Delegate Fleischauer calls for federal protection of critical infrastructure for the Mylan plant


July 20 — MORGANTOWN – Delegate Barbara Evans Fleischauer, D-Monongalia, seeks federal assistance to keep the Viatris Morgantown pharmaceutical plant open.

Following the winning playbook by U.S. Representative Diana Harshbarger, R-Tenn., She wrote a letter to the U.S. Cybersecurity and Infrastructure Security Agency (CISA) requesting that the plant be designated as the critical infrastructure necessary to maintain the national security.

Harshbarger wrote to the CISA earlier this year to request that an American Antibiotics Initiative plant in Bristol, Tenn., Retain its status as a critical infrastructure after the pandemic, as it is the only key facility in hand for the repatriation of penicillin production and therefore represents an essential national asset.

CISA responded to him on February 4, assuring him that the plant would retain its status.

Fleischauer’s letter is modeled on Harshbarger’s but is specific to the Morgantown plant.

She opens by saying that the COVID pandemic has exposed the country’s supply chain and gaps in domestic manufacturing. “In particular, the pandemic has taught us that over-reliance on foreign-supplied raw materials and foreign manufacturing in the pharmaceutical industry is a weakness that threatens our public health and national security.”

She reminds CISA Director Jen Easterly that President Biden recognized the importance of domestic pharmaceutical materials and manufacturing in a February executive order, and that the pharmaceutical industry is one of 16 assets in the industry. vital infrastructure.

It includes a brief history of the Mylan Factory – as it was called before the creation of Viatris and as the sign on the front still indicates – and says, “The brilliant light that Mylan has brought to our community is fades. “

After asking him that the factory along with its standard operating procedures, various drug applications and licenses, and intellectual property all be designated as critical infrastructure.

“The closure of this cutting edge American pharmaceutical facility,” she writes, “will be a devastating blow to our community, but more importantly, it would reverse the president’s intention to avoid outsourcing of American jobs. She notes that employees have been approved for Federal Trade Adjustment Assistance, verifying that their jobs have been outsourced (to India and Australia and possibly China, according to previous reports in The Dominion Post).

“The closure of the Viatris plant in Morgantown, West Virginia, actively undermines our national security and public health interests,” writes Fleischauer.

Along with Easterly, Fleischauer copied the letter to the senses Joe Manchin and Shelley Moore Capito, Rep. David McKinley, Governor Jim Justice, Commerce Secretary Ed Gaunch, and a number of local lawmakers and officials.

Fleischauer told the Dominion Post, “With all the news regarding the contamination of drugs made in China and India, as well as the inability of the FDA to conduct unannounced inspections as is done in this country, this shouldn’t be. a partisan issue. I have asked my colleagues who represent this city, county and state at all levels to communicate their support for this designation of Mylan as critical infrastructure. Hopefully they will add their voices and communicate with Director Easterly. “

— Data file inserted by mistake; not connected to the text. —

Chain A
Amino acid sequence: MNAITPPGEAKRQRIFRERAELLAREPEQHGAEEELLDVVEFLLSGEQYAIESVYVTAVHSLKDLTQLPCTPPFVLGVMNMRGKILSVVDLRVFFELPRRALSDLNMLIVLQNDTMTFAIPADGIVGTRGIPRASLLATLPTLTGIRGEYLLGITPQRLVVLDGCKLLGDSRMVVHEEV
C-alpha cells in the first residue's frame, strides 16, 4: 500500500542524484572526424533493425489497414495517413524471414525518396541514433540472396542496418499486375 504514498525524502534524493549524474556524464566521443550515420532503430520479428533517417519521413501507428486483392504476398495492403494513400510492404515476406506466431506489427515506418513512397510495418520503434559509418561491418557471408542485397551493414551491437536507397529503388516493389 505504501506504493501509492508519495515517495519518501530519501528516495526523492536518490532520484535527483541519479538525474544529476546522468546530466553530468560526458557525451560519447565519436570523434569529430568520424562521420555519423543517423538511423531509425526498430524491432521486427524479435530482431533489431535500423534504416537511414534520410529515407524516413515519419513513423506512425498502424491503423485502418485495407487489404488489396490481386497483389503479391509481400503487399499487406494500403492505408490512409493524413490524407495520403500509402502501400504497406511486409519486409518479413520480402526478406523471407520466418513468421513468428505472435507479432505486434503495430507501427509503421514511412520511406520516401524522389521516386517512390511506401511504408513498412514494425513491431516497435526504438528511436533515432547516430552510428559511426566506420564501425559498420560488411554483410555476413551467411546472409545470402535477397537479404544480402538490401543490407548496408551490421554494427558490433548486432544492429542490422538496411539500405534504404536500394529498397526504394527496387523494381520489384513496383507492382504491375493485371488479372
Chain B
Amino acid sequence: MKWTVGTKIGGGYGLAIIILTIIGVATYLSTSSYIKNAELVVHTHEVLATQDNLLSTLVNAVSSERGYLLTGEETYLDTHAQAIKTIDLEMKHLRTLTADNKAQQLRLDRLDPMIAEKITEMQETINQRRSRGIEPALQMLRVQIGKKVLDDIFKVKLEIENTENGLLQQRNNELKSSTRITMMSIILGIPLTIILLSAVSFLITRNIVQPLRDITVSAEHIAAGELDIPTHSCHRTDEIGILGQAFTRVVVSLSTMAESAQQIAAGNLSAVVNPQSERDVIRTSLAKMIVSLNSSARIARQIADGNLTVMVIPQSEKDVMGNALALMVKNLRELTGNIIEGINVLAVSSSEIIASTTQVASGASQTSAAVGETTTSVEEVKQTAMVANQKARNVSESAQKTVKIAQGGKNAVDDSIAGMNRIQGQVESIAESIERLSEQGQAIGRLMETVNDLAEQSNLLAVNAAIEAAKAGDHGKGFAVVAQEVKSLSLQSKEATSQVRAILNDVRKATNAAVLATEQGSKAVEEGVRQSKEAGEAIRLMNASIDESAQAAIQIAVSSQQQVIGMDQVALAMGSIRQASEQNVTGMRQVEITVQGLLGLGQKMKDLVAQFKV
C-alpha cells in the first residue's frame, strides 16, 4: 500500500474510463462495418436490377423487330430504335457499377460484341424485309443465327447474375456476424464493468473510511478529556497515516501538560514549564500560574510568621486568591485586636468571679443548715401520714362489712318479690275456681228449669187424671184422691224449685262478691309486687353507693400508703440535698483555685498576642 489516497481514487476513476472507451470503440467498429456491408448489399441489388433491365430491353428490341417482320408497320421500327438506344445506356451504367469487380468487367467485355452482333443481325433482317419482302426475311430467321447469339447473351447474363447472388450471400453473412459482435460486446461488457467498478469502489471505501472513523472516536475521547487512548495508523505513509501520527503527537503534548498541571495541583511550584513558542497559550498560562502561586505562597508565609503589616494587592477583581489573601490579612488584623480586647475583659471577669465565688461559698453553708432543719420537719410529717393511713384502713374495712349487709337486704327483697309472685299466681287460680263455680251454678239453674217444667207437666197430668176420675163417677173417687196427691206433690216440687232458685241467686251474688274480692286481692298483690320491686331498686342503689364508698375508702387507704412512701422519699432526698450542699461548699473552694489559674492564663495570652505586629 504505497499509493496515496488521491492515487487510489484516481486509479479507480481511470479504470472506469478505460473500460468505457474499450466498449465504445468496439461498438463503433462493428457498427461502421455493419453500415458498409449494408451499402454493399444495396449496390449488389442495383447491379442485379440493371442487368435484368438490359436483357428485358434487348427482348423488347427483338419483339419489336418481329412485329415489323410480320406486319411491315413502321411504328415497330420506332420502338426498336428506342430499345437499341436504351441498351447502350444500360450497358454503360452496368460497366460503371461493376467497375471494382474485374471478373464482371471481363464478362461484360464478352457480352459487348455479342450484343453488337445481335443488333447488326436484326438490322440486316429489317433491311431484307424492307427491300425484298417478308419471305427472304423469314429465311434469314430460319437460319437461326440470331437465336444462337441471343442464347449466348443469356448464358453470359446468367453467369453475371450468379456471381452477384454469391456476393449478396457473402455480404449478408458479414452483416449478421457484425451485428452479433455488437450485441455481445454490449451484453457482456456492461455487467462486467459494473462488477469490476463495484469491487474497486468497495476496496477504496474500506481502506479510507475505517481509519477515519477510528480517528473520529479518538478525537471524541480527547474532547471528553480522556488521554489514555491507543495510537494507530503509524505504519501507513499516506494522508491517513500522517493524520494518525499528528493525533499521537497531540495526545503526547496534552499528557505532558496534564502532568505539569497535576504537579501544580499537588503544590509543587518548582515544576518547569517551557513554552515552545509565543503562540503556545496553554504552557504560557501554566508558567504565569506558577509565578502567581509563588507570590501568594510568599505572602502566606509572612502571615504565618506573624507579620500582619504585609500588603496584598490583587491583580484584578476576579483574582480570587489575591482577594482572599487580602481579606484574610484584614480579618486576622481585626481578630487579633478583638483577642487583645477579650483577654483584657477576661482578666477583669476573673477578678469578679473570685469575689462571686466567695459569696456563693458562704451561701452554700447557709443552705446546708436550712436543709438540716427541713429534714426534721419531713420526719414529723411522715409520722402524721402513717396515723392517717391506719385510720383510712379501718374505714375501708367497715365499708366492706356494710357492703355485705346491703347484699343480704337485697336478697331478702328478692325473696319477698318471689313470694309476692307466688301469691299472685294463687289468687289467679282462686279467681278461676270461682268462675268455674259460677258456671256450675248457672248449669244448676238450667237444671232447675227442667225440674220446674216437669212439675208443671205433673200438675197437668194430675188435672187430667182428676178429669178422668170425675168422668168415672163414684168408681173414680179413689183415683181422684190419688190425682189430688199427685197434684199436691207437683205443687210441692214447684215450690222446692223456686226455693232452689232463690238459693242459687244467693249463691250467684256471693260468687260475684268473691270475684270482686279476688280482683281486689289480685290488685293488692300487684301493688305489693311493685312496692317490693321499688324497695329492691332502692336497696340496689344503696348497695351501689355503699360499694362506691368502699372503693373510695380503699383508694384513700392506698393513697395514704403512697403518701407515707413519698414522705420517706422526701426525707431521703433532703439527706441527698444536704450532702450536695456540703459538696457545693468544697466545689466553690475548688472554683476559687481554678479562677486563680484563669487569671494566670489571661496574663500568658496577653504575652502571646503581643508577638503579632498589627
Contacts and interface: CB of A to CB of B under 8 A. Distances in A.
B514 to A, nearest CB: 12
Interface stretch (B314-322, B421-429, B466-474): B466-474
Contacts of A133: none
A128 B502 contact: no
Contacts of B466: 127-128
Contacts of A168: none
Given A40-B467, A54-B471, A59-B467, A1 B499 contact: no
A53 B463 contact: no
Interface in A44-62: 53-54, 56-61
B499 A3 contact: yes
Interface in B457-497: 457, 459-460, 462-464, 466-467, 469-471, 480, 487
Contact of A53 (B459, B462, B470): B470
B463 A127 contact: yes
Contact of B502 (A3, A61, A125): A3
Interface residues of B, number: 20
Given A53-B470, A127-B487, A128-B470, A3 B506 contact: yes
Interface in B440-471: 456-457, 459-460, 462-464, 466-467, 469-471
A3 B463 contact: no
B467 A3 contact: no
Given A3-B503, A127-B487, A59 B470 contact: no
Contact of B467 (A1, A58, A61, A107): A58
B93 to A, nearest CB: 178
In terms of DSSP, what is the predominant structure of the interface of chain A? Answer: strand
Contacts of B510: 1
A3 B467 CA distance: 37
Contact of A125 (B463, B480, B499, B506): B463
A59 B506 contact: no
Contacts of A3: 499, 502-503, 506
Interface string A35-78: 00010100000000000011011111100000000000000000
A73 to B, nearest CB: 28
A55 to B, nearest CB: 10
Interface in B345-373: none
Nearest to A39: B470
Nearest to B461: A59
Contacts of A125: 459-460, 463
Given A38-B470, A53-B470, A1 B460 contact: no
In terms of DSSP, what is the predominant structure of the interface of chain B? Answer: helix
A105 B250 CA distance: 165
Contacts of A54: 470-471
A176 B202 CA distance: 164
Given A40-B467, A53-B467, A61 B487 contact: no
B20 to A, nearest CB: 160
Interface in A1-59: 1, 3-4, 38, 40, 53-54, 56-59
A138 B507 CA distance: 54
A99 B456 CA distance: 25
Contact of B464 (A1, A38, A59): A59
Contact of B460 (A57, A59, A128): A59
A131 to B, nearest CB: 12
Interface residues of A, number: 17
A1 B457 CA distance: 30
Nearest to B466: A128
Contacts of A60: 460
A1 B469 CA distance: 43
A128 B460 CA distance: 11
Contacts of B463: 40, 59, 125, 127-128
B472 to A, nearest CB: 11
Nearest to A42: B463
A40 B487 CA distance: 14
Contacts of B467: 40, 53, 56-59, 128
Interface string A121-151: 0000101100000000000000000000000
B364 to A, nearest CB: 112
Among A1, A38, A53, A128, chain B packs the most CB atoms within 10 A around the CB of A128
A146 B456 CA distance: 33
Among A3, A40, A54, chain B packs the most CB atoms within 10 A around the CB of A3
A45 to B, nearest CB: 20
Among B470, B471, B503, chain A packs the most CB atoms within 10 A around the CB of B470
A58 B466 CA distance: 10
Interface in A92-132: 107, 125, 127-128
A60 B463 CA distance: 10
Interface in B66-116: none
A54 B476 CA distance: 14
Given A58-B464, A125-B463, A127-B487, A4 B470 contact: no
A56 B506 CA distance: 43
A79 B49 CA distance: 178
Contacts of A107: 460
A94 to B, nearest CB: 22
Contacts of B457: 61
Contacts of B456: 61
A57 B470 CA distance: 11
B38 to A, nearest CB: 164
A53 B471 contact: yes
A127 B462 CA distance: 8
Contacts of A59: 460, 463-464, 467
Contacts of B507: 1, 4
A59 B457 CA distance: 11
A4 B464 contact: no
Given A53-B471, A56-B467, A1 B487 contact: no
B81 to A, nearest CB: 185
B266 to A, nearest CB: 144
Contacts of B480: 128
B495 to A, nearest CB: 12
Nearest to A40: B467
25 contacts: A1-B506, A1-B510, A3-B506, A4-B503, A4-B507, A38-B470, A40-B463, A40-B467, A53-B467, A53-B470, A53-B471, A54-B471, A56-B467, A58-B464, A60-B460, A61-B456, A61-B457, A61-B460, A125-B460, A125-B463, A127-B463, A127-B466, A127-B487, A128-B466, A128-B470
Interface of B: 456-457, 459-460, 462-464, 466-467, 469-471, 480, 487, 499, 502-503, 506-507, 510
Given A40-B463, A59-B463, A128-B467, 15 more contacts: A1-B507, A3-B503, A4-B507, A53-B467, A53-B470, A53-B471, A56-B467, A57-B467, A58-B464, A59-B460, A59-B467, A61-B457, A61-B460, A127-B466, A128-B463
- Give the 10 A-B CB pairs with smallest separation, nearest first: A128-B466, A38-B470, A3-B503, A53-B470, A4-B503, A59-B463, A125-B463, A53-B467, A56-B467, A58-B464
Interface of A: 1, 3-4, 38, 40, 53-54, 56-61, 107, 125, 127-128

United Steelworkers Local 8-957 brought Harshbarger’s letter to the Dominion Post’s attention in June, and we subsequently asked Manchin and Capito if they had considered or tried this solution. Neither of them gave a direct answer on this specific point.

The link between Bristol and Morgantown is David Argyle, an entrepreneur from Toronto, Canada, who was placed by chance to help save the Bristol plant after it was shut down by an Indian generic pharmaceutical company that allegedly focused on cost savings and profit over quality. .

Representing and assisting the new owner, who won it at auction, he worked with the community and government leaders who rallied to revive the factory under its new US-based owners. “Everyone stood up and did the right thing,” he said.

“The reason only American companies could bid,” Argyle said, “is because we got CISA accreditation.” This prevented foreign ownership. “American pharma must be controlled from start to finish by American companies, made in America.”

Citing Biden’s interest in protecting the US pharmaceutical industry, he said, “I don’t understand how Viatris… is able to ship jobs overseas when the executive supply chain order is 180 degrees in the other direction. “

Argyle said a colleague of his shared an article with him about the Morgantown plant shutdown. “I said, ‘This is crazy.’ So he reached out to Steelworkers Local 8-957 to share his successful experience in Bristol, and he has now helped Fleischauer write his letter.

CISA accreditation, Argyle said, would prevent Viatris from sending not only work, but also plant equipment, procedures and drug licenses overseas.

Viatris could keep the plant open, he said. “If they can’t do it, then don’t take the opportunity for another American band to come and save them.”

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